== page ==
It's a new year, and everything seems possible again, even finally losing that extra weight. Congratulations on committing to improve your health. I'd like to give you some tools that will help you succeed with your goals.
Do you continue eating when you already feel full or find yourself eating even though you don’t feel hungry? For many people, weight gain happens when our hunger and sense of satiety (how full you feel) become disconnected from what we are eating. Mindful Eating is a strategy that aims to change people's eating behavior rather than the foods they eat. The focus is to be mindful of what you are eating. This will allow you to more fully enjoy the food you do eat, while eating less.
The first step to get back in touch with your satiety is keeping a food journal. I recommend keeping track of everything you eat and drink for at least a full week. Write down everything you eat, and rate on a scale of 1-10 (1 = starving, 10 = about to pop) how full you felt before and after eating. Many people find that simply writing down what they eat is enough to change their eating. You can find a simple food journal here. You should aim to eat only when you are hungry and stop when you are no longer hungry, but before you are full. The difference between no longer hungry and full is subtle and will take a lot of practice to recognize, but is essential in developing healthy eating behaviors. On a hunger scale of 1-10, what number is no longer hungry for you? What number is full?
Now that you are starting to become more aware of what you are eating, let's set some realistic goals. Only twenty percent of Americans who are able to lose weight, are able to keep it off for a year or more. The reason is, they use diets that require dramatic changes, and are often very restrictive. When you lose weight quickly your body adapts to the reduced energy intake, and lowers your metabolism leading to yo-yo dieting.
I recommend you lose the weight slowly: aim for no more than a 10-15% weight loss in the first year. As little as a 5% to 10% weight loss can significantly improve your cholesterol, blood pressure, blood sugar, and lower your risk of cardiovascular disease and sleep apnea! Slow weight loss will not cause your body to alter its metabolism which leads to greater long term success. I know that now that you have made up your mind you want to see results fast, but patience will pay off in the long run. The following small behavior changes will result in an easy-to-follow diet leading to slow but steady weight loss.
An easy way to eat less is to simply use smaller plates. One study allowed subjects to serve their own meals in either standard 12" dinner plates or smaller 9" plates. Not only did the subjects given smaller plates eat less food but they felt more satiated than those who used larger plates. This study has been repeated multiple times, and even works when the subjects know that people tend to eat more when using larger plates! It's such a simple change to make, and it can make a real difference in the amount you eat.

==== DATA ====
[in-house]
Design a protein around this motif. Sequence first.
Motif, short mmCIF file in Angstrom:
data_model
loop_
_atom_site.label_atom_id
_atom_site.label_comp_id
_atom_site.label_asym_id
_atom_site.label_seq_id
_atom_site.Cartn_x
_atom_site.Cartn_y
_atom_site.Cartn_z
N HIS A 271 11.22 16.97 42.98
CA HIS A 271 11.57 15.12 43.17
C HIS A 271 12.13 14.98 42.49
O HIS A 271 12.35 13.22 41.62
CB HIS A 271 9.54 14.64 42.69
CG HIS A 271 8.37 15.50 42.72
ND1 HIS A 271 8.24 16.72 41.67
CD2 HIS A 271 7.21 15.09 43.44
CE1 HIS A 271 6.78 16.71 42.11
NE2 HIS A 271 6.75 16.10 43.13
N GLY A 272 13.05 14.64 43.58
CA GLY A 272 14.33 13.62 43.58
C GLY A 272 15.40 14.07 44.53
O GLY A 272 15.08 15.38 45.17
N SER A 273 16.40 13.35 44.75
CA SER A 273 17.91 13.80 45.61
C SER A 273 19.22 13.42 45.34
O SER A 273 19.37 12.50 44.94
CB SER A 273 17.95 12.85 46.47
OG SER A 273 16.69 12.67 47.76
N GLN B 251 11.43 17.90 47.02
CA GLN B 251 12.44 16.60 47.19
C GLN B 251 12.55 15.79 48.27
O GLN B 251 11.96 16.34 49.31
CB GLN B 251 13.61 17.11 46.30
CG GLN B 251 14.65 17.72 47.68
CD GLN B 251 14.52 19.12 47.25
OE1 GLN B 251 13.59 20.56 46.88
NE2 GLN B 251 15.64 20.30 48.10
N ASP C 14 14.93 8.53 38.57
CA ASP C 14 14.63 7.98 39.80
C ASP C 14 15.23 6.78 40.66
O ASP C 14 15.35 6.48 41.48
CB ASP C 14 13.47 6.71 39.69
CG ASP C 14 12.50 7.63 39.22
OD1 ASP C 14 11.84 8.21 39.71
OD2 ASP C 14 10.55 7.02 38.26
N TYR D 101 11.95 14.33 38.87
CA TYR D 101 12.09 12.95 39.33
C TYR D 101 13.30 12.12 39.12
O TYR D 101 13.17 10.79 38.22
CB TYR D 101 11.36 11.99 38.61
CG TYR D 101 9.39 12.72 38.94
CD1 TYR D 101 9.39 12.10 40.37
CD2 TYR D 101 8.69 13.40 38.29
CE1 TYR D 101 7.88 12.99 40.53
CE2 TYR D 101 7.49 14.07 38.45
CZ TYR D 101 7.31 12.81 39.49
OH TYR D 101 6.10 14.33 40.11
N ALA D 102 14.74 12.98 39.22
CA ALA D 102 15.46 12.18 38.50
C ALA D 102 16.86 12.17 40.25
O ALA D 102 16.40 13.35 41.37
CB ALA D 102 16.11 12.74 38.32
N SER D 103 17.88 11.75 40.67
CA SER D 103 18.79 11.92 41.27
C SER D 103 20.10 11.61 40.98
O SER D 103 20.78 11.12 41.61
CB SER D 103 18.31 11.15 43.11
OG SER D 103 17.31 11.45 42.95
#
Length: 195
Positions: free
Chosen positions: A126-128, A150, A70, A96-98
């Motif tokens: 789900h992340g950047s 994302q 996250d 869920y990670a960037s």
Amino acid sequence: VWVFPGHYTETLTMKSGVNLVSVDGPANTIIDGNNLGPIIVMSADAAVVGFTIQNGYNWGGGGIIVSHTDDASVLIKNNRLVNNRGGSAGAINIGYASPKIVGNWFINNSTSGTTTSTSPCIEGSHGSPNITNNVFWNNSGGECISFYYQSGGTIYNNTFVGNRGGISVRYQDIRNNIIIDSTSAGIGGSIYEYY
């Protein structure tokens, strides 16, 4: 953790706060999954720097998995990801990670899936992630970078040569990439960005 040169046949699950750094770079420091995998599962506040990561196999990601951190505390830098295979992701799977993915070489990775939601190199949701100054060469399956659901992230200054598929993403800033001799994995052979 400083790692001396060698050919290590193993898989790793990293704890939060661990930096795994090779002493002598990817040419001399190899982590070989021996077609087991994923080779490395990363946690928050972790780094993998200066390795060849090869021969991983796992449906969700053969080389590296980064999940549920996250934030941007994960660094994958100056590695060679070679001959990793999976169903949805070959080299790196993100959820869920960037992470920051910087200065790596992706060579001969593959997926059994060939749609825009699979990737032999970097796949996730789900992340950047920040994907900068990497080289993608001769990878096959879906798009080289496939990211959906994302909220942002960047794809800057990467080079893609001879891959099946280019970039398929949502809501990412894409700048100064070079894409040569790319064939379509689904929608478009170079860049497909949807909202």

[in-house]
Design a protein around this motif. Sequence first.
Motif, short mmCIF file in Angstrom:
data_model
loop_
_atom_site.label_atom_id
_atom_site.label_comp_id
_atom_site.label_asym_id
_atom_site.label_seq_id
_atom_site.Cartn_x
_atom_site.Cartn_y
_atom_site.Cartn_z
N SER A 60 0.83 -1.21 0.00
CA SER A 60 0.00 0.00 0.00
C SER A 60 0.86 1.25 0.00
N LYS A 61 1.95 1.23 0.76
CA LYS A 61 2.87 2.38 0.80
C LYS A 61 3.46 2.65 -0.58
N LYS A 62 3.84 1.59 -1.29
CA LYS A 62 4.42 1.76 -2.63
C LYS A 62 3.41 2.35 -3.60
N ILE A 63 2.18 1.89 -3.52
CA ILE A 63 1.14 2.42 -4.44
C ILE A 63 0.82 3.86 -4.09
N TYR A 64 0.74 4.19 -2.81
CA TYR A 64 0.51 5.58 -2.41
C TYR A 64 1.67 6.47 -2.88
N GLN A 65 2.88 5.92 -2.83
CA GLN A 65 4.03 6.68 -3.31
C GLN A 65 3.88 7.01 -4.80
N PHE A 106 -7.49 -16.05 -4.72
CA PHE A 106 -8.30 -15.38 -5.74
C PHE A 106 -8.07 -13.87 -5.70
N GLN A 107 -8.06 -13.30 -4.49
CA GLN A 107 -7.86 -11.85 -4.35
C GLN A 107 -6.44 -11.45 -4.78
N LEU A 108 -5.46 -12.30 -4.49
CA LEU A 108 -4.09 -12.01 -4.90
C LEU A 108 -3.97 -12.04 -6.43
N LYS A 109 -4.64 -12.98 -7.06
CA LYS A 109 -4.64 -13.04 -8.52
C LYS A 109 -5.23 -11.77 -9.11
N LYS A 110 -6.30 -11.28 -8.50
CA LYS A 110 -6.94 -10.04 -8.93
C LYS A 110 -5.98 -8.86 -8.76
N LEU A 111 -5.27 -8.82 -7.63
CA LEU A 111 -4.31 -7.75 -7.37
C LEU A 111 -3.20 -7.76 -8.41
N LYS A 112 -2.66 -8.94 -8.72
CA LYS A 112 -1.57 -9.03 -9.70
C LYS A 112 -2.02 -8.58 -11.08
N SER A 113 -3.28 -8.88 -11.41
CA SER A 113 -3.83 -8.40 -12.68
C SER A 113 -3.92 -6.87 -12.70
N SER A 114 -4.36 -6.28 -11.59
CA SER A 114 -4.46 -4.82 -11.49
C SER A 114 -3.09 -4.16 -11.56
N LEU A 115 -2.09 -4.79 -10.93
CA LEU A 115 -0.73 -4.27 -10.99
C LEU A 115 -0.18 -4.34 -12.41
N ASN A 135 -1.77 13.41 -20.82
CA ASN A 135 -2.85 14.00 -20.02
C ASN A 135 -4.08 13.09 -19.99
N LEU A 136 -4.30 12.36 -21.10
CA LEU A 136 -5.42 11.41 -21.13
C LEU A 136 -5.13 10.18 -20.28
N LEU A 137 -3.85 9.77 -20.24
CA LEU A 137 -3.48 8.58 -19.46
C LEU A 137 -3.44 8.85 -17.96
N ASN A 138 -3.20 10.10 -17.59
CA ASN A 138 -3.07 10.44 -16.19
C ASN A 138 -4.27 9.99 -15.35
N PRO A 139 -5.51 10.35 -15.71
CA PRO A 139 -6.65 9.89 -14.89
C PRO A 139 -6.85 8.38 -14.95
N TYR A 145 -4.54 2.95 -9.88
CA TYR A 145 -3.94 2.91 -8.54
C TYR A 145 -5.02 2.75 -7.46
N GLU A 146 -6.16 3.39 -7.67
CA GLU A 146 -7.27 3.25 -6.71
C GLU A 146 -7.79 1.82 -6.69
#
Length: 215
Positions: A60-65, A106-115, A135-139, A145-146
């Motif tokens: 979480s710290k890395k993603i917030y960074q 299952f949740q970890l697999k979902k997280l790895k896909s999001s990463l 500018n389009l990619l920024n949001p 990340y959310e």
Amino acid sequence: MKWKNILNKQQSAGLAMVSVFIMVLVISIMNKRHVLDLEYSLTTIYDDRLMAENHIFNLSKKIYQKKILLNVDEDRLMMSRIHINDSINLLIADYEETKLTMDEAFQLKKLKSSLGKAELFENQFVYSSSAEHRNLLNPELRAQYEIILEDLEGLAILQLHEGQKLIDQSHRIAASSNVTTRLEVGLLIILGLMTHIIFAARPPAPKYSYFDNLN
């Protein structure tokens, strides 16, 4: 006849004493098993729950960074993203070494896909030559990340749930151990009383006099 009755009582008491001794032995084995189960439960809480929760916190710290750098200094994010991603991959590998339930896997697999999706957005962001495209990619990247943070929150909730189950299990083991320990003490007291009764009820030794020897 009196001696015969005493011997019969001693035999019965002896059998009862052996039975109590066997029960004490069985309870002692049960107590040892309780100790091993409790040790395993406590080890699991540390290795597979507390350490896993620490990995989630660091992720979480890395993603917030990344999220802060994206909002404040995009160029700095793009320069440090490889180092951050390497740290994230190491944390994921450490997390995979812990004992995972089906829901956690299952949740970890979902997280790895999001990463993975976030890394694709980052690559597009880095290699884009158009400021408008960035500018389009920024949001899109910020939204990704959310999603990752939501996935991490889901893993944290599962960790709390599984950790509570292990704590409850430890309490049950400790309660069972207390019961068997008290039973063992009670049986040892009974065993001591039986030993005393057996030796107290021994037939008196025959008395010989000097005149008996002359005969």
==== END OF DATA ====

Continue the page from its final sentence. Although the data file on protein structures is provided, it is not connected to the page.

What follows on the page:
Another easy and small change is to stop eating out of open containers. It is difficult to know how much you eat when you eat straight from a bag of food or other container. Simply pour some onto a plate or into a small ziplock bag for a travel snack. Along the same lines, remove any bowls of snacks or food from the counters and tables of your home. The average person makes over 200 decision about food each day! The less food you have lying around, the fewer decisions you'll have to make.
Exercise is extremely important during weight loss. With muscles it's true that if you don't use it, you lose it. Even if you are losing weight, you will still feel heavy if you are also losing muscle. I recommend at least 30 minutes of exercise every day. You don't have to do it all at once, it can be 5 minutes here, 10 minutes there, as long as it adds up to 30 minutes a day. This could be as simple as taking a brisk walk.
I recommend setting one nutrition and one exercise goal per week. An example of a nutrition goal could be to stop drinking sugary beverages like soda, or to try one new vegetable. An exercise goal could be to take the stairs instead of the elevator at least once per day.
Good luck, and don't lose heart. You can do this, but it will take time. Please leave comments with any questions, as well as what has worked for you. If you would like to learn more about Mindful eating I highly recommend Brian Wansink's Mindless Eating: Why We Eat More Than We Think.